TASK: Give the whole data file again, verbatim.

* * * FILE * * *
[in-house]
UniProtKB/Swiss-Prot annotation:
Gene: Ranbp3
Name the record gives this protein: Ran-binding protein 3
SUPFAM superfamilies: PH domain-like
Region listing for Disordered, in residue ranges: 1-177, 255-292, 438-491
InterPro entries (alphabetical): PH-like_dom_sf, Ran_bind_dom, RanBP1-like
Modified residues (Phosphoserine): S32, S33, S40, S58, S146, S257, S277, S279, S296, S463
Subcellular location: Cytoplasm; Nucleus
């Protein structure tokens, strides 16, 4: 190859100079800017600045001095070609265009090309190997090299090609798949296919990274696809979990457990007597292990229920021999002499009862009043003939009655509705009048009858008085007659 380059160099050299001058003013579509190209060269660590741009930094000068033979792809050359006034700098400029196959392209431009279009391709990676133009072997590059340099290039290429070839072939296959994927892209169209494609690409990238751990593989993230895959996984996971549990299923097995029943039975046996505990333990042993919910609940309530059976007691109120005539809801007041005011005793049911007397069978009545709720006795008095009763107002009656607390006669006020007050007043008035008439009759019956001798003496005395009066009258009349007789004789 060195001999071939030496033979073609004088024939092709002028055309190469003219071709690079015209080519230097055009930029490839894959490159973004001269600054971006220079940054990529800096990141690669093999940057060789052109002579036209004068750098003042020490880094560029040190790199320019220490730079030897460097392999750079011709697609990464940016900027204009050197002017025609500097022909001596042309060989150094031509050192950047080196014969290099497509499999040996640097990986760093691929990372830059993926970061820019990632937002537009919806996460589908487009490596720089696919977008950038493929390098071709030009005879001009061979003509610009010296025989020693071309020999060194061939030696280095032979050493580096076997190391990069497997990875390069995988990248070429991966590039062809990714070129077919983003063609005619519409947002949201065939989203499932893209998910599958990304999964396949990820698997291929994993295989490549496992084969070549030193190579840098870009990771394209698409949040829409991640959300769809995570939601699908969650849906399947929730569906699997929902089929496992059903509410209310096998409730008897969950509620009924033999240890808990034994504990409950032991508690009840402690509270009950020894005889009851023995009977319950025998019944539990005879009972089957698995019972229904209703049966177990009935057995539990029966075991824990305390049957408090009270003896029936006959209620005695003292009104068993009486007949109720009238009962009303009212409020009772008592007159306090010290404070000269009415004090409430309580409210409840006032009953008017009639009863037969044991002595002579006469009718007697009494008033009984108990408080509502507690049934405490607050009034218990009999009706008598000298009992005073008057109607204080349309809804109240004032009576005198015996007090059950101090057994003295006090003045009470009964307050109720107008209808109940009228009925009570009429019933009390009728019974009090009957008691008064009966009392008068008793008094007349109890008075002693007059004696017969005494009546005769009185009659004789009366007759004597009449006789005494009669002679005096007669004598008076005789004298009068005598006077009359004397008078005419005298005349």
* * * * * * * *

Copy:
[in-house]
UniProtKB/Swiss-Prot annotation:
Gene: Ranbp3
Name the record gives this protein: Ran-binding protein 3
SUPFAM superfamilies: PH domain-like
Region listing for Disordered, in residue ranges: 1-177, 255-292, 438-491
InterPro entries (alphabetical): PH-like_dom_sf, Ran_bind_dom, RanBP1-like
Modified residues (Phosphoserine): S32, S33, S40, S58, S146, S257, S277, S279, S296, S463
Subcellular location: Cytoplasm; Nucleus
């Protein structure tokens, strides 16, 4: 190859100079800017600045001095070609265009090309190997090299090609798949296919990274696809979990457990007597292990229920021999002499009862009043003939009655509705009048009858008085007659 380059160099050299001058003013579509190209060269660590741009930094000068033979792809050359006034700098400029196959392209431009279009391709990676133009072997590059340099290039290429070839072939296959994927892209169209494609690409990238751990593989993230895959996984996971549990299923097995029943039975046996505990333990042993919910609940309530059976007691109120005539809801007041005011005793049911007397069978009545709720006795008095009763107002009656607390006669006020007050007043008035008439009759019956001798003496005395009066009258009349007789004789 060195001999071939030496033979073609004088024939092709002028055309190469003219071709690079015209080519230097055009930029490839894959490159973004001269600054971006220079940054990529800096990141690669093999940057060789052109002579036209004068750098003042020490880094560029040190790199320019220490730079030897460097392999750079011709697609990464940016900027204009050197002017025609500097022909001596042309060989150094031509050192950047080196014969290099497509499999040996640097990986760093691929990372830059993926970061820019990632937002537009919806996460589908487009490596720089696919977008950038493929390098071709030009005879001009061979003509610009010296025989020693071309020999060194061939030696280095032979050493580096076997190391990069497997990875390069995988990248070429991966590039062809990714070129077919983003063609005619519409947002949201065939989203499932893209998910599958990304999964396949990820698997291929994993295989490549496992084969070549030193190579840098870009990771394209698409949040829409991640959300769809995570939601699908969650849906399947929730569906699997929902089929496992059903509410209310096998409730008897969950509620009924033999240890808990034994504990409950032991508690009840402690509270009950020894005889009851023995009977319950025998019944539990005879009972089957698995019972229904209703049966177990009935057995539990029966075991824990305390049957408090009270003896029936006959209620005695003292009104068993009486007949109720009238009962009303009212409020009772008592007159306090010290404070000269009415004090409430309580409210409840006032009953008017009639009863037969044991002595002579006469009718007697009494008033009984108990408080509502507690049934405490607050009034218990009999009706008598000298009992005073008057109607204080349309809804109240004032009576005198015996007090059950101090057994003295006090003045009470009964307050109720107008209808109940009228009925009570009429019933009390009728019974009090009957008691008064009966009392008068008793008094007349109890008075002693007059004696017969005494009546005769009185009659004789009366007759004597009449006789005494009669002679005096007669004598008076005789004298009068005598006077009359004397008078005419005298005349």